Most years, I see a lot of comedy acts at the Edinburgh Fringe, but this year I’ve already seen a few other types as well! We’re only a week in, but I’ve already crammed in several shows (including some I saw last year, such as Shit Faced Showtime and The Noise Next Door), taking advantage of the discounts available in the first few days. Anyways, one of the first shows I saw was ‘Backbone’, performed by Gravity & Other Myths, in McEwan Hall.
Backbone is listed as a circus show, but it’s largely acrobatics – other circus shows in the Fringe have various other elements to them as well. The troupe consisted of ten acrobats, plus two live musicians. First of all, I loved having the music performed live on stage, as it was an integral part of the show, with the music and choreography closely intertwined and built around each other. The musicians were clearly very talented, and even stepped away from the instruments for a moment to join in with the rest of the act.
The acrobats were crazy good at what they do, making every trick look so effortless and simple – though we all knew it wasn’t of course! Your heart is in your mouth for most of the show, as they jump, tumble, and flip around the stage. The teamwork between them is so important, as they support, catch, and climb over each other, never missing a beat. Everything flows so seamlessly between them, as they switch from partner to partner in the middle of tricks! It’s quite a fast-moving performance much of the time, often with multiple tricks happening at once, so you can’t always decide where you want to look! They barely pause for breath sometimes too, whirling from one thing to the next all the time. And yes, they do seem to fly across the stage as if gravity were indeed a myth to them!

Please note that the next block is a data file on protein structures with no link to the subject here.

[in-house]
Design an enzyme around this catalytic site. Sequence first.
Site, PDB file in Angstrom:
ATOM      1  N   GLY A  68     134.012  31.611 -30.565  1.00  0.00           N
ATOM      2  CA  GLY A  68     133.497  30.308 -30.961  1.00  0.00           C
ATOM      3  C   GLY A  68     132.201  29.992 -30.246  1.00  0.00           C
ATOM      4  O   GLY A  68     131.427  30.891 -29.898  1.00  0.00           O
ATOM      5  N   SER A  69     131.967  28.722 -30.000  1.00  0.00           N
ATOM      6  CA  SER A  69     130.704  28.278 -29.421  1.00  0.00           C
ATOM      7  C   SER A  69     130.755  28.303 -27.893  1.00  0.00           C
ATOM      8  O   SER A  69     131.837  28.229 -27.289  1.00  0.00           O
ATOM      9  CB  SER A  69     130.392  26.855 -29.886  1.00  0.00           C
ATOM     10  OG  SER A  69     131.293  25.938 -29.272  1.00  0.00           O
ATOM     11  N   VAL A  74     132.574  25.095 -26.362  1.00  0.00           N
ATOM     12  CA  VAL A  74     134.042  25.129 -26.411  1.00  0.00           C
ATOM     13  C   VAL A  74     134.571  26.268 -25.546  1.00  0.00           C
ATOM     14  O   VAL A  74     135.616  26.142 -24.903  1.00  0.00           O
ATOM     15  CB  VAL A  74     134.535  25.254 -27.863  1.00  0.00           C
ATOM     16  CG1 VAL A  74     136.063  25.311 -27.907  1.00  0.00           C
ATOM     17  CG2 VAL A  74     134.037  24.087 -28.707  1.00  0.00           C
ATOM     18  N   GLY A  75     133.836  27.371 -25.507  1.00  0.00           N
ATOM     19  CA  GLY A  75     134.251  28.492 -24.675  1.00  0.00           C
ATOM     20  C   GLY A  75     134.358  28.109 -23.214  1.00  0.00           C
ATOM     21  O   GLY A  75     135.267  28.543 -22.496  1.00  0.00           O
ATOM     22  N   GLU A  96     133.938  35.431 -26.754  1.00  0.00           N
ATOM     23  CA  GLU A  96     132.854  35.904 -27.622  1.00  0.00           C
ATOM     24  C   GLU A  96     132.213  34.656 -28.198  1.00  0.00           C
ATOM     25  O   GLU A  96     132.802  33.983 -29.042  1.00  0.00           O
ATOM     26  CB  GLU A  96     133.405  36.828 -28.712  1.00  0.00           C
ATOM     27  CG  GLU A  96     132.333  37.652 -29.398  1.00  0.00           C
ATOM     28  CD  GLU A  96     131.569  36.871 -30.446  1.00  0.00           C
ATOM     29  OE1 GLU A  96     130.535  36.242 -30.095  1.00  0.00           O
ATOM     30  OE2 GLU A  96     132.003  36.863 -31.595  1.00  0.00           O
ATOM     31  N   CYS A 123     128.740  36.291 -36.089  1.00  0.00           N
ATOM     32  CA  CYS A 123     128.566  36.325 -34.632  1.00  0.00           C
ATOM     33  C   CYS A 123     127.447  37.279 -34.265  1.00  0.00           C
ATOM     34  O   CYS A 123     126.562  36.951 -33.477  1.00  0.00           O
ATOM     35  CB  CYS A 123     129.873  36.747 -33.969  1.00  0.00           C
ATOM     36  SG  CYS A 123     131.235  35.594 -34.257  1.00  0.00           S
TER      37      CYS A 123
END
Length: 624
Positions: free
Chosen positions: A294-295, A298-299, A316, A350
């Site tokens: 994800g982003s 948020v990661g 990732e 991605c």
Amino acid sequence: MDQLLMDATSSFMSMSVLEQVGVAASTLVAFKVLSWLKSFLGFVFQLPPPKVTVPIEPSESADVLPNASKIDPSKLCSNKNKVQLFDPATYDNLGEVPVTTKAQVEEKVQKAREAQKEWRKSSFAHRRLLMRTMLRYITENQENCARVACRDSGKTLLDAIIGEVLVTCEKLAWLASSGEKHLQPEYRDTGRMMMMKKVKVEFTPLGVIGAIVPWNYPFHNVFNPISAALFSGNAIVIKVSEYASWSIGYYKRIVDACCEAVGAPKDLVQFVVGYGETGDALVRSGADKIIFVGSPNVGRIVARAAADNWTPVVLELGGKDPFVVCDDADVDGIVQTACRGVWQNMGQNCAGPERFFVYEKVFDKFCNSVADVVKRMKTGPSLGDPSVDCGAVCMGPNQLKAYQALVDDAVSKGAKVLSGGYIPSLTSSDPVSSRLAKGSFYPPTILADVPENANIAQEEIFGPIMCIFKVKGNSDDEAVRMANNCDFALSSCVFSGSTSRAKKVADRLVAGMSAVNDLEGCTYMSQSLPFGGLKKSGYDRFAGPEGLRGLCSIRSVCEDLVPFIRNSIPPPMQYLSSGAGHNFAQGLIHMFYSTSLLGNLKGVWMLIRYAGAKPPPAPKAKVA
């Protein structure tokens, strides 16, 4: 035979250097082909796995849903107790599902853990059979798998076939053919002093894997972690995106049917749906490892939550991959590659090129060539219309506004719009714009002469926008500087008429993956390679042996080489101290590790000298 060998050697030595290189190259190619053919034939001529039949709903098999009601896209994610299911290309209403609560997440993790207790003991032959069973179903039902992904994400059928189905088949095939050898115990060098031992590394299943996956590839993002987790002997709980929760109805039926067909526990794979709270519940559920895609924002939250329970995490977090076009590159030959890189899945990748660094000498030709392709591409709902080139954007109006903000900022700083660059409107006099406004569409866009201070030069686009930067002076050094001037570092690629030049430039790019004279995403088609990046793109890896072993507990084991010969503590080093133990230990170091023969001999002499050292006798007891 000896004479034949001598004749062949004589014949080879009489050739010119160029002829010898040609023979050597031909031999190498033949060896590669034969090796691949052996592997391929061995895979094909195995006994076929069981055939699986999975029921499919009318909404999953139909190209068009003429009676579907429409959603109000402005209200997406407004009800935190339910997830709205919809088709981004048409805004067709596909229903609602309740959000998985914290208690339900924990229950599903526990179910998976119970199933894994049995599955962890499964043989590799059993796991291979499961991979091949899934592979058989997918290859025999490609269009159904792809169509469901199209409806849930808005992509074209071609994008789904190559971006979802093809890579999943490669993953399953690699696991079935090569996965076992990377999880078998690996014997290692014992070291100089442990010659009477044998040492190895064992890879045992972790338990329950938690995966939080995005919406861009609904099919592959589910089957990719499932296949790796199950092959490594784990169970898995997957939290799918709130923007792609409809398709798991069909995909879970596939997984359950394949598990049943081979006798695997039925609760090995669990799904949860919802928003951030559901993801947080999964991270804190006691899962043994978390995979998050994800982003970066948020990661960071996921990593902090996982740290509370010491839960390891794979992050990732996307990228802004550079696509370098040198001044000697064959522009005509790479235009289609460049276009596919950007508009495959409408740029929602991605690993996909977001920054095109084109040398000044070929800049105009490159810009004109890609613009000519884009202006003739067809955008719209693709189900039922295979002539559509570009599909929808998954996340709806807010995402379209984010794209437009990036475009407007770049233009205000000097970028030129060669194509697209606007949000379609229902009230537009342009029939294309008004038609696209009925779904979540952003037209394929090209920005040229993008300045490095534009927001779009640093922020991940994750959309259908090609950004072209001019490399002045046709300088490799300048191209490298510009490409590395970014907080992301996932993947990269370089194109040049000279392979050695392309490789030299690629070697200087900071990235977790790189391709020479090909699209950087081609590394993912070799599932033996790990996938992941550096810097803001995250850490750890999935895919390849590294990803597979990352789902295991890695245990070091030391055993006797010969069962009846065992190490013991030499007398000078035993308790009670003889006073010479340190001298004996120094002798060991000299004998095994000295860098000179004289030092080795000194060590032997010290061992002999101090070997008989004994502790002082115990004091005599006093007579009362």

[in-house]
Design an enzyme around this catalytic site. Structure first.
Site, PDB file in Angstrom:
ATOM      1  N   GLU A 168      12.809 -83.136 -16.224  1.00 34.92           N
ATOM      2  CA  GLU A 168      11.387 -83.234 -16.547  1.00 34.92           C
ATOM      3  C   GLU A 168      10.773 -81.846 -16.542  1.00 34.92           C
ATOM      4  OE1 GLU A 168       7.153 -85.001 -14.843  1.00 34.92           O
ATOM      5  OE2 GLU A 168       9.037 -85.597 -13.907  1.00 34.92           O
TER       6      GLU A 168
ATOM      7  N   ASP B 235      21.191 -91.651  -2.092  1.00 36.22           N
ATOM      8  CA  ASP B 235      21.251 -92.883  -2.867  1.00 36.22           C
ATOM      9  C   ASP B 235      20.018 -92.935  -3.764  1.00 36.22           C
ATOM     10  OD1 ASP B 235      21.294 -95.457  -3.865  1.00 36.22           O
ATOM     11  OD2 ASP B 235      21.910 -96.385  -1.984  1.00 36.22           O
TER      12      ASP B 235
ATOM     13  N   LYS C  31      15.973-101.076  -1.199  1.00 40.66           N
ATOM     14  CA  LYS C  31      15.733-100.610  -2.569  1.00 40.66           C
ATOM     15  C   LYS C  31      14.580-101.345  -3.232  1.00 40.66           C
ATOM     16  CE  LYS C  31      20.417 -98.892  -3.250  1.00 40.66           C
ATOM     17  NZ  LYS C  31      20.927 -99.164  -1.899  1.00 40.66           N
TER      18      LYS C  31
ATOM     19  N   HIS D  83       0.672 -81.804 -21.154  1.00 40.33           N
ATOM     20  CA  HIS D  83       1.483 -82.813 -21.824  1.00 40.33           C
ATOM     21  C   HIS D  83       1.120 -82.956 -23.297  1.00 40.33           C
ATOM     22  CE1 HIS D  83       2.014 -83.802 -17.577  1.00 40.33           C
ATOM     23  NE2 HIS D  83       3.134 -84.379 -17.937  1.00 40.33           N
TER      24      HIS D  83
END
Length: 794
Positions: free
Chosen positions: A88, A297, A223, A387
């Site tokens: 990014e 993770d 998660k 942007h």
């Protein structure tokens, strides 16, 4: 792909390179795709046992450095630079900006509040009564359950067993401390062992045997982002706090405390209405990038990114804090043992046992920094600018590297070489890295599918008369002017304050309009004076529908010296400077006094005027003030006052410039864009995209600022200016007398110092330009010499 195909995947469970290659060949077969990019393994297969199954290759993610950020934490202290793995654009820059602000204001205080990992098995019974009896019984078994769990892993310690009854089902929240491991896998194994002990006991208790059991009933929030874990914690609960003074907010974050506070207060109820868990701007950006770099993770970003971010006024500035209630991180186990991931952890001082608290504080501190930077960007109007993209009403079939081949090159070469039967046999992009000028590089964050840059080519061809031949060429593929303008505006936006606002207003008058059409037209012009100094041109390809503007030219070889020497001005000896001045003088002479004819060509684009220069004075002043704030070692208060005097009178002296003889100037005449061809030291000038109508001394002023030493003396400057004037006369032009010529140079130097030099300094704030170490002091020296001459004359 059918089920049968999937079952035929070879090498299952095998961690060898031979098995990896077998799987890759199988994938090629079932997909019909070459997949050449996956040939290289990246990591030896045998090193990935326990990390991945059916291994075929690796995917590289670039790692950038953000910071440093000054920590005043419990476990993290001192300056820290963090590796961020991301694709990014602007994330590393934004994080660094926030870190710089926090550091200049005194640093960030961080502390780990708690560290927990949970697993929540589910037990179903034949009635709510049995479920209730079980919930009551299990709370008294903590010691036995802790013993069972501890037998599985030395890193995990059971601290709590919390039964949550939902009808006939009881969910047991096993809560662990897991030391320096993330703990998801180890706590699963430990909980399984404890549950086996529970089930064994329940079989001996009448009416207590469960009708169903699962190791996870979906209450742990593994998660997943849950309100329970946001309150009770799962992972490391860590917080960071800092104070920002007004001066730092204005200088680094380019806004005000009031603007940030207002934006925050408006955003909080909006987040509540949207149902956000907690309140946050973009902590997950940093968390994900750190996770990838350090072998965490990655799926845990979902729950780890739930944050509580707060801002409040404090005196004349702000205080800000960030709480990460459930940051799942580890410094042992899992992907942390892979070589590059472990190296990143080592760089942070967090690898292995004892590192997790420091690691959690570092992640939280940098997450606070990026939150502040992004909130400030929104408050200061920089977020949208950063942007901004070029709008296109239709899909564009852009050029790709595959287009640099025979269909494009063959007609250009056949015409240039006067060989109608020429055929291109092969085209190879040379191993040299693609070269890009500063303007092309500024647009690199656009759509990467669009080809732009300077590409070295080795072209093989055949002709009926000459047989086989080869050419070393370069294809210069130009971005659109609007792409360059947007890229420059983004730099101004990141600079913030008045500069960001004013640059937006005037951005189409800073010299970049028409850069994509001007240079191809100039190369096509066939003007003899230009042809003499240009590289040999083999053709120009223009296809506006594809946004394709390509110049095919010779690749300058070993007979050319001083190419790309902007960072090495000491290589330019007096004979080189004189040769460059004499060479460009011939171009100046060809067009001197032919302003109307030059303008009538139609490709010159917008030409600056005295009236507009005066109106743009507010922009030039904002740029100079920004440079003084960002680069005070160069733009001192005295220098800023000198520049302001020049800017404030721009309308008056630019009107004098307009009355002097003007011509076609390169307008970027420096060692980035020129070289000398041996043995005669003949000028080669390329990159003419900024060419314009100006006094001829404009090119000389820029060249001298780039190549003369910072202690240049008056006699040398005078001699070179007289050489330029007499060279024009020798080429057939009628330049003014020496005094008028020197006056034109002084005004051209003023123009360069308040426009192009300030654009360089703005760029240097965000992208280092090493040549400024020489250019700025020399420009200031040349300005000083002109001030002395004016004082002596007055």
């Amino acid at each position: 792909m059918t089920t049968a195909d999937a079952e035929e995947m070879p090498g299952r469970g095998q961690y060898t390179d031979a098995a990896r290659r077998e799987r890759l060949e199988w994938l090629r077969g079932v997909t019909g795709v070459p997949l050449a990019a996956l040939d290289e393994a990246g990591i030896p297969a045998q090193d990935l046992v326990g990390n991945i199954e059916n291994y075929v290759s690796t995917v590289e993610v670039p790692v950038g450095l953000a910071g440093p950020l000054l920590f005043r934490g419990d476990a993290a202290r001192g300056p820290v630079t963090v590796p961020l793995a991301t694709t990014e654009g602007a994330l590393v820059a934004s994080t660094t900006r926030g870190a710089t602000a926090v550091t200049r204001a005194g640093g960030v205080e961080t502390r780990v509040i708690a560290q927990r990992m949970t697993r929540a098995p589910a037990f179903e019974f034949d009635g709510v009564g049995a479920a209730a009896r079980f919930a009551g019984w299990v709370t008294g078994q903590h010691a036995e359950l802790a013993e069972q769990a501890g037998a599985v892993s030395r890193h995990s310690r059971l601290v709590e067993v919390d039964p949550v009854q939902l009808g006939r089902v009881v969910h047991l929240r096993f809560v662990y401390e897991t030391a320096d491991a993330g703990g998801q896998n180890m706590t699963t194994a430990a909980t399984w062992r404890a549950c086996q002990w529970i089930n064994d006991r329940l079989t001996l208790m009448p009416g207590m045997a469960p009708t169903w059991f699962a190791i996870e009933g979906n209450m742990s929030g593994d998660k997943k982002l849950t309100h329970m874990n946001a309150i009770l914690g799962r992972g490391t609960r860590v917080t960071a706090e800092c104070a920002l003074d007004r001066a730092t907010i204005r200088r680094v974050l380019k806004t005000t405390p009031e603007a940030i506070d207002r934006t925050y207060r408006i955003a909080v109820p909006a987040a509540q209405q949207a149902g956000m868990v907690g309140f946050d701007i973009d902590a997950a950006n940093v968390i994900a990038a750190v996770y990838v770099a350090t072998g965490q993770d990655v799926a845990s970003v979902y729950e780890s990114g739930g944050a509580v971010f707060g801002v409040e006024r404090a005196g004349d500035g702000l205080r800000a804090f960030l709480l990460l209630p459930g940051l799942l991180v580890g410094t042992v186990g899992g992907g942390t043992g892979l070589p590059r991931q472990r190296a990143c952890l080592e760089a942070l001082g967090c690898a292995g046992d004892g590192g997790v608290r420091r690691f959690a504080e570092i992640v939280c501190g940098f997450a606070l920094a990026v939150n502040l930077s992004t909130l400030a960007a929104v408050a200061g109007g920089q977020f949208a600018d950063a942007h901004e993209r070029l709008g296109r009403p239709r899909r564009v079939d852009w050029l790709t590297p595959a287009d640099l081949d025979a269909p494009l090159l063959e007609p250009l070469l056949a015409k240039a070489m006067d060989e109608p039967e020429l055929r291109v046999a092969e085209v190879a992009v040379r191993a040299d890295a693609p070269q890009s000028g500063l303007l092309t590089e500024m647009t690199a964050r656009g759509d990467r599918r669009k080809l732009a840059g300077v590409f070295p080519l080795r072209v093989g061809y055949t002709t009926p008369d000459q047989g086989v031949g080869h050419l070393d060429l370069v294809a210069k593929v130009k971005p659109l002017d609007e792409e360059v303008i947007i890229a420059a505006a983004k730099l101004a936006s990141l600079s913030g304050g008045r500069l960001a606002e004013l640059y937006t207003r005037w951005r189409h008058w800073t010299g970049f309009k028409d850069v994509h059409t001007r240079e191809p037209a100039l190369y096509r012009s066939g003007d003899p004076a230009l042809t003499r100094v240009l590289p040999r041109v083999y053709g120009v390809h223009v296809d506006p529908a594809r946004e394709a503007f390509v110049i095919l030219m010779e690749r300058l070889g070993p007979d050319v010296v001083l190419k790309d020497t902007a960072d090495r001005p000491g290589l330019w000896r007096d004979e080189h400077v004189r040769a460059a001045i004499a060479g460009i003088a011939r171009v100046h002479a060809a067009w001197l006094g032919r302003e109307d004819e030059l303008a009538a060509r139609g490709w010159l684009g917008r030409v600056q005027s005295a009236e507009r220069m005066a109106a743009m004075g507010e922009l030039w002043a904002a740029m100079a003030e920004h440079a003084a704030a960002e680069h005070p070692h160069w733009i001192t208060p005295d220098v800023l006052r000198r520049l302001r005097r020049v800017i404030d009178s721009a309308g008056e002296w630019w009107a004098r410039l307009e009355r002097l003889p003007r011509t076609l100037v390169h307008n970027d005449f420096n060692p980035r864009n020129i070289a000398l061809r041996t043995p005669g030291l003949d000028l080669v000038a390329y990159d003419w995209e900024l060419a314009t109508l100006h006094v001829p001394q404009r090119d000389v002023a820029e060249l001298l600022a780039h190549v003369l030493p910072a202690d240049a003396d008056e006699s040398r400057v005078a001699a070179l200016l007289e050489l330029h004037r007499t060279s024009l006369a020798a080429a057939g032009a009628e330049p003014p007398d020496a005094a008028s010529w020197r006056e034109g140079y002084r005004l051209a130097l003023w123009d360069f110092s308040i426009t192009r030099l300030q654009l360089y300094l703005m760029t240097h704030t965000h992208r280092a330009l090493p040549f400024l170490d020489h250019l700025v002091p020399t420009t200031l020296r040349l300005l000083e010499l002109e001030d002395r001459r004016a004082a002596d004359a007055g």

The show splits into little sections, signalled by changes in music, costume, lighting, and props. This is nice to keep things fresh all the time, and breaks up the hour long show a bit. They had some fairly unusual props as well, including buckets of dirt, long bamboo-like sticks, several rocks, and even a suit or armour. I wasn’t entirely sure what or if there was a storyline to it all, but I did like the whole style and concept of it overall. It felt quite modern, especially as they were all wearing casual, everyday clothes, like jeans and shirts, rather than typical circus costumes. But things like the dirt and rocks gave it an earthy, organic feel as well.
And although I wasn’t sure if there was a storyline, the music and changes in tempo certainly stirred various emotions throughout. Overall, I was in awe of them, but there were moments when I laughed from comedy elements, or things turned slow and serious. The final sequence seemed to have a sense of desperation to it, as they pushed themselves harder, through obvious exhaustion, which definitely made me feel quite emotional, before it all came to a finish.
All in all, I thoroughly enjoyed the whole things, and would most definitely recommend it to anyone. McEwan Hall is a stunning venue, and their movement around the stage is simply breathtaking, accompanied by the incredible live music. You will be enthralled and amazed by what they can do. Fantastic!
Check out more from Edinburgh Fringe 2019